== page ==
Today I took a bus to visit an outdoor market in a neighboring town.
I peered out my window as the driver slowly inched the bus up and down the hills and carefully maneuvered the winding roads.
Halfway through the trip, there was a traffic accident and we were forced to stop.
As I waited for the driver to continue, I realized we had stopped in front of a hotel.
As the bus inched along, I noticed the sign on the hotel’s façade said, “Hotel Voramar.”
Suddenly, I was flooded with memories; memories of a young man named Domingo.
Domingo; Sunday in English.
I smiled as I recalled the many times I had teased him because of his name.
I sat back in my chair and closed my eyes; desirous to see his handsome face again.
After only a few seconds, I regressed in time.
Suddenly, I was 16 years old and sat on the terrace of my aunt’s beach bungalow.
The bungalow faced the beach to the east, while the employee entrance of a then famous hotel called “Hotel Playa,” stood to the west.
I remembered how day after day, my sister, my friend Lissy, and I ate our breakfast on the terrace and watched handsome Spanish boys climb the stairs to their workplace.
Lissy was head over heels over the cook, a handsome boy named Juan, while my sister drooled over Manolo, the cook’s assistant; a cutie with curly, brown hair and an infectious chuckle.
As for me, I was gaga over a young, Antonio Banderas look-alike named Domingo whose dimples made me weak in the knees.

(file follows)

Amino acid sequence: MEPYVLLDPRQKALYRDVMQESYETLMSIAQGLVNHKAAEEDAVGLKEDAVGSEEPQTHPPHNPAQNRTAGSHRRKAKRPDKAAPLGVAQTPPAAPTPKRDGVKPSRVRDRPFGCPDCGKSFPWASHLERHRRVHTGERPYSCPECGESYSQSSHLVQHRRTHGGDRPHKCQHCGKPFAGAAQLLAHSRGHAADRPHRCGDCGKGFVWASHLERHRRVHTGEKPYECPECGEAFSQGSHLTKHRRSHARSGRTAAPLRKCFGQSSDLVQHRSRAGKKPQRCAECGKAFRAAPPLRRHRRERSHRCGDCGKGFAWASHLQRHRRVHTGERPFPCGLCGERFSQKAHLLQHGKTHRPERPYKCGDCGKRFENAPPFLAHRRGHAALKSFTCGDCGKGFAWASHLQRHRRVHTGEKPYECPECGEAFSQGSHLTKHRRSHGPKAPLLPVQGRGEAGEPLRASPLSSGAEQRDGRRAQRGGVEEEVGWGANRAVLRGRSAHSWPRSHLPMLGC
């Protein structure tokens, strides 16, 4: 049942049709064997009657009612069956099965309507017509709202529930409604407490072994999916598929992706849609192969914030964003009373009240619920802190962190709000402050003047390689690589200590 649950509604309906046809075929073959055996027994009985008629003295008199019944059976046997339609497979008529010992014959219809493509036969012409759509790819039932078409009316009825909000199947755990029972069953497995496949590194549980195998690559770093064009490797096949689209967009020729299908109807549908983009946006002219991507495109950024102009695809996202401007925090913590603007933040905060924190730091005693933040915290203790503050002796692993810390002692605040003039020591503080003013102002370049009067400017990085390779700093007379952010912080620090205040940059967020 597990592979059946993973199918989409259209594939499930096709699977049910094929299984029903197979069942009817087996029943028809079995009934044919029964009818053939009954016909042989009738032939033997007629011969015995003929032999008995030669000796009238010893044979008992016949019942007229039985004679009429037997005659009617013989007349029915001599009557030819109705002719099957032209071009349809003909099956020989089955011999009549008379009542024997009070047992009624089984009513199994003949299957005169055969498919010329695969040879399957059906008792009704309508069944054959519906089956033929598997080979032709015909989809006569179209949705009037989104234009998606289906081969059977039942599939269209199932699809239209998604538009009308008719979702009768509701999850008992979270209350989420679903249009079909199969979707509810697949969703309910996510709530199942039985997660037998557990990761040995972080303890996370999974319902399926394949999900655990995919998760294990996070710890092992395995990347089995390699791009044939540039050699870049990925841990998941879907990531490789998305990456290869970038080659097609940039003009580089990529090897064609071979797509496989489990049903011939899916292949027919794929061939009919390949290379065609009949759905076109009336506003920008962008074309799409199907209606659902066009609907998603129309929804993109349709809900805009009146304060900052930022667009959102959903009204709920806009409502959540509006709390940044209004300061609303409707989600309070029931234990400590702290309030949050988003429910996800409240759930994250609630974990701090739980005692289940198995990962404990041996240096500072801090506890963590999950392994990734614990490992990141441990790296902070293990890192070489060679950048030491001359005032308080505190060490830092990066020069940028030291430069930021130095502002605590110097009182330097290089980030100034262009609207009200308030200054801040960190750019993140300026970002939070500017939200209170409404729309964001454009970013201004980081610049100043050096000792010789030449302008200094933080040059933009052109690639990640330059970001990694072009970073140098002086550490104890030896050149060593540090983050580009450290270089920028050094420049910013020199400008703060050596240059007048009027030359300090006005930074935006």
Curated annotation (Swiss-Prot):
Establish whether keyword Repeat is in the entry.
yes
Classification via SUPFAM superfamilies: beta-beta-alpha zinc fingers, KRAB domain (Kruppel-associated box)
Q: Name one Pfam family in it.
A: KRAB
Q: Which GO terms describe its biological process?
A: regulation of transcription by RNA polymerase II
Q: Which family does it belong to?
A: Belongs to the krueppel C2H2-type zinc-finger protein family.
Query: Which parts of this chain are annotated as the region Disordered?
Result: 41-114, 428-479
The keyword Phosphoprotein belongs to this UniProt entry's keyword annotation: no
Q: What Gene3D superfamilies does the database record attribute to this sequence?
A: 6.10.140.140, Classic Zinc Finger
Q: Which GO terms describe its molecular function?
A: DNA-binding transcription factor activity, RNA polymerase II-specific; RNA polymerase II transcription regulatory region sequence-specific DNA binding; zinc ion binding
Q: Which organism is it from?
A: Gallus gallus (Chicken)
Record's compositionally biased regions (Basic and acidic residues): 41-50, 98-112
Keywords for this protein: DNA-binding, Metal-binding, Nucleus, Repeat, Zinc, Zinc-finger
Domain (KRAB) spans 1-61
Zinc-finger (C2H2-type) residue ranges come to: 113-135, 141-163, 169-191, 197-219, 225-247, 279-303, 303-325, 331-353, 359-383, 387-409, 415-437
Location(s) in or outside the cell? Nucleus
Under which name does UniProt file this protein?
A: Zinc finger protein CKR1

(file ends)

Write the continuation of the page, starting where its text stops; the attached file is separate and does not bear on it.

Every morning, like clockwork, we would sit on the terrace and pretend to eat breakfast as we waited for the boys to clock in.
Each day, Domingo would slowly walk up the stairs, look my way, wink, and say “Buenos Días.”
And every morning, until he reached the top of the stairs, my heart would go into overdrive; beating so loudly, I was afraid he’d hear it.
Even now, I’m moved to sigh as I recall his deep, brown eyes, long eyelashes, and wavy, brown hair; certain my eyes have taken on the same dreamy quality they had back then.
I remembered the first time he asked me out, and how we walked hand in hand on the beach for hours.
I remembered him calling me sweet endearments like, “cariño,” “mi amor,” and “guapa.”
Sweetheart, my love, beautiful.
I remembered the summer he returned from his hometown with a tattoo of a guitar with my name on it, as well as the many times he told me he’d love me forever.
As we drove past the Hotel Voramar, I recalled the summer he’d worked there because the Hotel Playa had closed for remodeling.
Unable to see him every day, I had to settle for twice a week and then, only for a few hours.
At the time, I was devastated but made the best of it because it meant being in the company of a boy who made my heart sing.
First love; an experience unlike any other.
Yet as far as my heart is concerned, forever.
Because that’s how long memories of one’s first love last.